Twonkey's Christmas in the Jungle

Thu 3rd – Sun 27th August 2017


Claire Leibovich

at 11:37 on 19th Aug 2017



‘Twonkey’s Christmas in the Jungle’ will indeed introduce you into a jungle, but not in a good way. Indeed, the plotline (if there was such a thing in this show) was so chaotic and absurd that it became slightly annoying. The comedy relied mainly on nonsensical stories and songs, and on bizarre, sometimes handmade, props. Although some stories were comical, at times the absurdity became too much. There were some rare wholehearted giggles, but some of the audience members looked bewildered. On the whole, Paul Vickers seemed to make himself laugh more than he made us laugh.

The main problem seemed to be awkward interactions between the performer and the audience. Some stories might have been funny, but Vickers’ delivery failed to make them so. Personally I found him to be almost a bit agressive at times. Few laughed wholeheartedly and many jokes fell flat. He would ask for audience participation and then react awkwardly when there was an unexpected reaction, as if you had disrupted the show. I do not recommend the first two or three rows if you do not like to have your personal space invaded. Indeed, the space is limited and when Vickers made his way through the chairs I constantly feared he would fall on me. He also touches audience members with props, and I did not appreciate being filmed without having been asked for my permission.

There is not much more to say about Paul Vickers’ one-man show. It felt like witnessing someone go cuckoo on his own, which was kind of sad. Personal eccentricity is not enough to make a good show and Vickers should have thought about what an audience wants (and especially what it would dislike). He made me laugh at him rather than with him, and maybe that is the point, yet it is still not enough. Creating comedy is a lot harder than just piling up random, crazy stories. This kind of humour was certainly not to my taste, but it might just be your cup of tea.


Simona Ivicic

at 18:35 on 19th Aug 2017



The venue of 'Twonkey’s Christmas in the Jungle' is just as quirky as Paul Vickers himself. With his long fake nose and plastic hair on he announces that we have arrived in a hallucinogenic jungle where we meet an incredible range of frankensteined characters, from the Christmas Pudding Spider to Sue the Shellfish - you really have no idea what he might bring out next. Just to clarify the weirdness of these props, picture this if you can: a duck with a removable head, gorilla arms, human arms and some other unidentifiable objects stuck to it, that has a talent for pretending to eat glass. His extraordinary range of puppets are simply ridiculous, yet somehow he brings them to life and makes us actually care for these weirdos on his hands - it is pure madness.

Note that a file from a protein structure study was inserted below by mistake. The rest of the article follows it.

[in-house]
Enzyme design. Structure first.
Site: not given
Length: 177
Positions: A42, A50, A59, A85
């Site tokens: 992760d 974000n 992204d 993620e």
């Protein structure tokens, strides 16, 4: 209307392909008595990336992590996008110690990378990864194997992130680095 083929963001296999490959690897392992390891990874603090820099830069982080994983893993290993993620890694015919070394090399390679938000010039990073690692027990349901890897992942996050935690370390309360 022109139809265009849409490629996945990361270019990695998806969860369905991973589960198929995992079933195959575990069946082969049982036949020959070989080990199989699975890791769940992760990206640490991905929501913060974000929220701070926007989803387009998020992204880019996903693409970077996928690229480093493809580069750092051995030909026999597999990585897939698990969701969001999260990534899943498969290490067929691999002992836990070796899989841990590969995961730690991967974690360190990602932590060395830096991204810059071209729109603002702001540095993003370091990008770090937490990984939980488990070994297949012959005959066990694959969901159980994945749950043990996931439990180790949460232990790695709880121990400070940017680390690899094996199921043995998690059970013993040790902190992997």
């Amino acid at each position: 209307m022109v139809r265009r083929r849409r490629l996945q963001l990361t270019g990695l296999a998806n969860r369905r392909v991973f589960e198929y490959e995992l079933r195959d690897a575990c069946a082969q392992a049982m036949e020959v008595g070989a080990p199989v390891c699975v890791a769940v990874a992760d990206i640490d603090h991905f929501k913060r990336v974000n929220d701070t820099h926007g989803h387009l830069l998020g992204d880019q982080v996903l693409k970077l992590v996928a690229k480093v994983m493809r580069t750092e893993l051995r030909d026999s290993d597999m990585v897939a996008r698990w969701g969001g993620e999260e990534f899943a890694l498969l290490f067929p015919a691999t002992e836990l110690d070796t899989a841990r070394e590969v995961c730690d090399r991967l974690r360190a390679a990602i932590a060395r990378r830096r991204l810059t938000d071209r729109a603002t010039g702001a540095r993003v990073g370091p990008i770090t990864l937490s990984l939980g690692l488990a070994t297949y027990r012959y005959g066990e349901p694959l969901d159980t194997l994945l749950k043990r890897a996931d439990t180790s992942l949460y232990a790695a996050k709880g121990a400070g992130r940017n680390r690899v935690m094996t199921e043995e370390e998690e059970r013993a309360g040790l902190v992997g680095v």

To be very honest it is absurd to see a grown man pull out these deformed toys and parade them as though it was one big act of show and tell. At times the song and dance he’d create around these toys seemed a little immature and quite frankly pointless. Vickers’ very niche sense of humour is not particularly to my liking as the jokes tended to rely on the basic principle of telling a peculiar story and showing a peculiar invention to gain some laughs. There is nothing particularly witty or clever about his jokes - they are quite literally just a series of random bits and bobs. However, there were certainly those in the audience who would beg to differ and without a doubt there were moments of comedic brilliance. But personally, those moments were few and far apart.

This show is nothing if not original. Vickers playfully interacts with the crowd and involves them in ways that are not too personal and vicious but are charmingly funny and generally a bit of light hearted fun. Vickers’ own on the spot jokes are perhaps the funniest in the show. The final song demonstrated this the best. All caught up in his ropes, netting, and microphone cords he falls over and resorts to blasting out his final tune from the stage stairs. This unfortunate series of events were the epitome of the show and prove that these moments of stand up are the ones to look out for, as Vickers is clearly very naturally funny without the gimmicks.


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